Quantitative RT-PCRs on the target ABCs were performed using a BioRad iQ5 Real-Time PCR Detection System (Bio-Rad, California, USA), under the following conditions: 50 ng cDNA; 300 nM of forward and reverse primers; 98°C for 30 sec, 40 cycles of 98°C for 15 sec, 59°C for 30 sec; fluorescence acquisition at the end of each cycle; melting curve analysis after the last cycle. The cycle threshold (Ct) values were determined for each gene, in order to calculate gene expression levels of target genes relative to rps7, the internal reference gene for An. stephensi. The expression of the ABC transporters genes in the control group was considered as the basal level (equal to 1). The estimates of the expression level of each gene in the treated larvae are reported as the means ± standard deviation (SD) in Additional file1: Table S1.
Maintenance of the mosquito colony of An. stephensi was carried out according the Italian Directive 116 of 10/27/92 on the “use and protection of laboratory animals” and in adherence with the European regulation (86/609) of 11/24/86 (licence no. 125/94A, issued by the Italian Ministry of Health).
No mortality was observed when larvae were exposed at concentrations of verapamil up to 100 μM; this concentration was thus used as the sub-lethal dose in the bioassays with insecticide + ABC-transporter inhibitor. The results of toxicity assays using permethrin and permethrin in combination with verapamil are reported in Table 2. The mortality data observed in bioassays well fitted the Probit dose–response model (Chi-Square probability <0.0001). The LD50 dose in permethrin assay was 0.137 mg/l while in the assay in combination with verapamil LD50 was 0.025 mg/l (Table 2). No overlapping values were observed between LD50 95% CI of insecticide alone and insecticide plus verapamil; the addition of verapamil increased the toxicity of permethrin about 5-fold (SF = 5.48).
Isolation of ABC transporter genes and expression profile after insecticide treatment
The Illumina MiSeq platform was used to sequence the cDNA library obtained from a pool of 200 larvae of An. stephensi, and 16,686,276 paired-ends reads were obtained. MiSeq raw data were assembled with Trinity, obtaining 40,498 contigs. The contigs containing ABC transporter genes were extracted on the basis of the annotated transcriptome of An. gambiae available in database. Five sequences, respectively of 3612, 2154, 2481, 2553 and 2182 base pairs, were found to share 85-94% identity with putative ABC multidrug transporters of An. gambiae: ABCB2 (AGAP005639) (85% identity), ABCB3 (AGAP006273) (94% identity), ABCB4 (AGAP006364) (88% identity), ABCmember6 (AGAP002278) (94% identity) and ABCG4 (AGAP001333) (85% identity). We denoted them as Anst ABCB2, Anst ABCB3, Anst ABCB4, Anst ABCmember6, Anst ABCG4 and we deposited them in EMBL Nucleotide Sequence Database [EMBL: LK392613 to LK392617]. The alignment of the deduced amino acidic sequences of ABC transporters identified in An. stephensi with sequences of homologous ABC transporters of An. gambiae is shown in Additional file2: Figure S1. Dayhoff PAM distance estimates between the ABC transporters identified in An. stephensi and the homologous ABC transporters of mosquitoes An. gambiae, Anopheles darlingi, Ae. aegypti and Culex quinquefasciatus that showed the highest percentage of identity following Blast search are shown in Additional file3: Table S2.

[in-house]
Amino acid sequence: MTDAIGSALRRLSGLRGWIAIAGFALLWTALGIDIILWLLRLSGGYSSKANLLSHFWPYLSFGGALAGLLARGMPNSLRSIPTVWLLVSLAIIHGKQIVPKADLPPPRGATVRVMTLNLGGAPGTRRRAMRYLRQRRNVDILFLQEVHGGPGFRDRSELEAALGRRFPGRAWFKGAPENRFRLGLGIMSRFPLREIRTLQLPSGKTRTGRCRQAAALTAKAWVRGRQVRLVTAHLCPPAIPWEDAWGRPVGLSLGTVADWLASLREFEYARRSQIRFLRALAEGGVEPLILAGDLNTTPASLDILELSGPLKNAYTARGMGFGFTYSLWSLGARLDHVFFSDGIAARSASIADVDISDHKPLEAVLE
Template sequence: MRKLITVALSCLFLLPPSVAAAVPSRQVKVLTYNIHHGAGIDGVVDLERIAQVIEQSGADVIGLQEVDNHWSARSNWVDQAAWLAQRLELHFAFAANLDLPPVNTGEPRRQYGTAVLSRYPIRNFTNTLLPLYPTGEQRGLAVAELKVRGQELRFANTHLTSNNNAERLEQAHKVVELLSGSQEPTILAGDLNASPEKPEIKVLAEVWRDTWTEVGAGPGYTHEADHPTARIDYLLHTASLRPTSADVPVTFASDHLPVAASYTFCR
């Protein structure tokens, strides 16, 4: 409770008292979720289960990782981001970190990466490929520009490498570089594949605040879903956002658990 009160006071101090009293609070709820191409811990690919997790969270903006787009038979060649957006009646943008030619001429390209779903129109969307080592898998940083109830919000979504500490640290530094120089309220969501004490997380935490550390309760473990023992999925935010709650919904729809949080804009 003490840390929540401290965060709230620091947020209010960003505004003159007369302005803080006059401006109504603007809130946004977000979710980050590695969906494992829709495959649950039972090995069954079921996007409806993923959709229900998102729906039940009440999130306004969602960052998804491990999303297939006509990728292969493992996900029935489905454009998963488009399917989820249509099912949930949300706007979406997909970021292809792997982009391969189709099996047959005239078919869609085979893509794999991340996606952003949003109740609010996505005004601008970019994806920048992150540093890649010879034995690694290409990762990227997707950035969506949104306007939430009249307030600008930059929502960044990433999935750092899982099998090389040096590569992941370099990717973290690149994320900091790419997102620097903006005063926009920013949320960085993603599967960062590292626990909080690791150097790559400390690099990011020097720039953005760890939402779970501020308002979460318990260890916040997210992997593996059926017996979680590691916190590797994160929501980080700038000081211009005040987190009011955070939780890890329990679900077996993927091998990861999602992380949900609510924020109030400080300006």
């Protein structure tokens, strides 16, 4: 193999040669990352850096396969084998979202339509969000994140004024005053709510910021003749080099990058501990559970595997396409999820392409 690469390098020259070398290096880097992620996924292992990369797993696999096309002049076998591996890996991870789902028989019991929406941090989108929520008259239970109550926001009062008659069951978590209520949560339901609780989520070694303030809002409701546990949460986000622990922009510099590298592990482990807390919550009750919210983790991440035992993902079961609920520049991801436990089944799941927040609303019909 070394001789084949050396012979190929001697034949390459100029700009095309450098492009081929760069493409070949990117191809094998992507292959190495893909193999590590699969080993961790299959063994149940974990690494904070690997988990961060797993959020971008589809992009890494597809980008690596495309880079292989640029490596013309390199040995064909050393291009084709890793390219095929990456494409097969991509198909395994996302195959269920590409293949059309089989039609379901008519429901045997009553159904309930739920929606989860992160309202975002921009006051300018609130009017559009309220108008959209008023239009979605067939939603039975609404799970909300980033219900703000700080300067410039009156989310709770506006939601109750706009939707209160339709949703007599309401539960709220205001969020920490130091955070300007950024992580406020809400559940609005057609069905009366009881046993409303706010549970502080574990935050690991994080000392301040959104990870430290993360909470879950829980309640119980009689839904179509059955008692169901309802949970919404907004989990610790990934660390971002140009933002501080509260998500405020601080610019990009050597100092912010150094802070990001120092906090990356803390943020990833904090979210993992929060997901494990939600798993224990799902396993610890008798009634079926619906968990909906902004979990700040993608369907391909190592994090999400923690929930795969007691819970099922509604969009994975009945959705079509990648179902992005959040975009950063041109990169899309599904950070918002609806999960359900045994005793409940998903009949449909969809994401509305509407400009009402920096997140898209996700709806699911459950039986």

Conventional PCR amplicons obtained from each gene primer set were sequenced, confirming in all cases the sequences generated with the MiSEQ experiment. The RT-PCRs were performed to investigate whether permethrin treatment at the LD50 dose (0.137 mg/l, Table 2) increased or decreased the ABC gene expression in the An. stephensi larvae after 24 and 48 h of insecticide-treatment. As reported in Figure 1 and Additional file1: Table S1, after 24 h of permethrin treatment, the relative expression of all selected genes was down-regulated, with the exception of the Anst ABCG4 gene, that showed about three-fold increase of expression compared to the control. Similarly, after 48 h of permethrin treatment, the relative expression of all ABCB genes was down-regulated, while the Anst ABCG4 gene showed a ten-fold increase of expression compared to the control.
Bioassays and molecular data suggest the involvement of ABC transporters in the defense of An. stephensi larvae against the permethrin insecticide. Indeed, inhibition of ABC-transporters led to a higher susceptibility of larvae to insecticide, indicating that ABC transporters are associated with insecticide detoxification. In addition, in mosquito larvae exposed to the LD50 dose of permethrin, we observed an increased expression of Anst ABCG4, one of the five tested genes coding for ABC transporters.
Arthropod ABCG genes are orthologous of the human gene ABCG2, which has been associated with resistance to cancer drugs[32, 33], while data in insects show that ABCG transporter genes were significantly over-transcribed in response to exposure to insecticides. Microarray gene expression studies revealed that ABCG transporter genes were up-regulated in DDT resistant strains of Drosophila melanogaster and in a Plutella xylostella (Lepidoptera) strain resistant to chlorpyrifos. The ABCG4 transporter gene was over-transcribed in Bemisia tabaci whiteflies resistant to the neonicotinoid thiamethoxam as well as in Anopheles arabiensis resistant- and sensible-strains to DDT. The ABCG3 gene was found differentially expressed in Ae. aegypti pyrethroid resistant populations versus susceptible strains.
The other four genes coding for ABC transporters that we detected and tested in An. stephensi (Anst ABCB2, Anst ABCB3, Anst ABCB4 and Anst ABCmember6) belong to the ABCB subfamily. Several members of this subfamily have been associated with transport and/or resistance to different insecticide classes in several insect species[7, 8]. In mosquitoes, the ABCB2 gene was showed by quantitative PCR to be eightfold up-regulated in larvae of a susceptible strain of Ae. aegypti analysed at 48 h post temephos-treatment. The ABCB4 gene was showed to be over-transcribed by transcriptome and quantitative PCR analyses, in DDT and pyrethroid (permethrin and deltamethrin) resistant Ae. aegypti populations compared to a laboratory susceptible population. Microarray analysis showed that the ABCB4 was up-regulated in different populations of DDT-resistant An. gambiae mosquitoes. Our results showed no over-transcription of the ABCB genes in An. stephensi susceptible larvae exposed to permethrin, while insecticide treatment induced an increased expression of the Anst ABCG4 (Figure 1, Additional file1: Table S1).